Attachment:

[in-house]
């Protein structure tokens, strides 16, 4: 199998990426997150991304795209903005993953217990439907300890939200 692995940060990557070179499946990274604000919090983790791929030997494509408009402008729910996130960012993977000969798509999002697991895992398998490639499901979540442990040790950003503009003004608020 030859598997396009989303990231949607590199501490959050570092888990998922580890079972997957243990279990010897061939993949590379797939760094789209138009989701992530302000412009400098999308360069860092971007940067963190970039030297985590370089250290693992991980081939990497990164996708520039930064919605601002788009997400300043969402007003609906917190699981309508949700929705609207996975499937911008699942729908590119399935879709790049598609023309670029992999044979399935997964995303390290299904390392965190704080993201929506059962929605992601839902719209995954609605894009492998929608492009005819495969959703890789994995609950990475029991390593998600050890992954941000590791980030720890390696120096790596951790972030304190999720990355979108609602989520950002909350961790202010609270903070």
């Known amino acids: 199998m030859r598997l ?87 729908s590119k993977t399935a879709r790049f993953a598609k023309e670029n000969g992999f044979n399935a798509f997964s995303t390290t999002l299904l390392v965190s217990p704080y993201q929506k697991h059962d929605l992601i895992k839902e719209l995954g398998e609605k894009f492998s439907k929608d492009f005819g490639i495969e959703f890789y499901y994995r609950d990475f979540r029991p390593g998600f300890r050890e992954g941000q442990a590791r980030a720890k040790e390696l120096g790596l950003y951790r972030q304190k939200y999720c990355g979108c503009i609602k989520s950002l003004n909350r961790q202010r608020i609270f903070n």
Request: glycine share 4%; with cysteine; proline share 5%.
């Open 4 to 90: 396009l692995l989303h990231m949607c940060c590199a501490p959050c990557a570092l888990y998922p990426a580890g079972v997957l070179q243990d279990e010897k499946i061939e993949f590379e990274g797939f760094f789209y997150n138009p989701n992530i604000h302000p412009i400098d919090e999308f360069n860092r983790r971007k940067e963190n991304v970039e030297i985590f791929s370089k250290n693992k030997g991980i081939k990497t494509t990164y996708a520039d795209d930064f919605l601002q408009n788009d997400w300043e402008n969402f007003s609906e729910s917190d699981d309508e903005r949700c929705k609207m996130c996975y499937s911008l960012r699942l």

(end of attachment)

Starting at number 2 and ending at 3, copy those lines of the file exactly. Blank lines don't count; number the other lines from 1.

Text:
């Protein structure tokens, strides 16, 4: 199998990426997150991304795209903005993953217990439907300890939200 692995940060990557070179499946990274604000919090983790791929030997494509408009402008729910996130960012993977000969798509999002697991895992398998490639499901979540442990040790950003503009003004608020 030859598997396009989303990231949607590199501490959050570092888990998922580890079972997957243990279990010897061939993949590379797939760094789209138009989701992530302000412009400098999308360069860092971007940067963190970039030297985590370089250290693992991980081939990497990164996708520039930064919605601002788009997400300043969402007003609906917190699981309508949700929705609207996975499937911008699942729908590119399935879709790049598609023309670029992999044979399935997964995303390290299904390392965190704080993201929506059962929605992601839902719209995954609605894009492998929608492009005819495969959703890789994995609950990475029991390593998600050890992954941000590791980030720890390696120096790596951790972030304190999720990355979108609602989520950002909350961790202010609270903070």
């Known amino acids: 199998m030859r598997l ?87 729908s590119k993977t399935a879709r790049f993953a598609k023309e670029n000969g992999f044979n399935a798509f997964s995303t390290t999002l299904l390392v965190s217990p704080y993201q929506k697991h059962d929605l992601i895992k839902e719209l995954g398998e609605k894009f492998s439907k929608d492009f005819g490639i495969e959703f890789y499901y994995r609950d990475f979540r029991p390593g998600f300890r050890e992954g941000q442990a590791r980030a720890k040790e390696l120096g790596l950003y951790r972030q304190k939200y999720c990355g979108c503009i609602k989520s950002l003004n909350r961790q202010r608020i609270f903070n």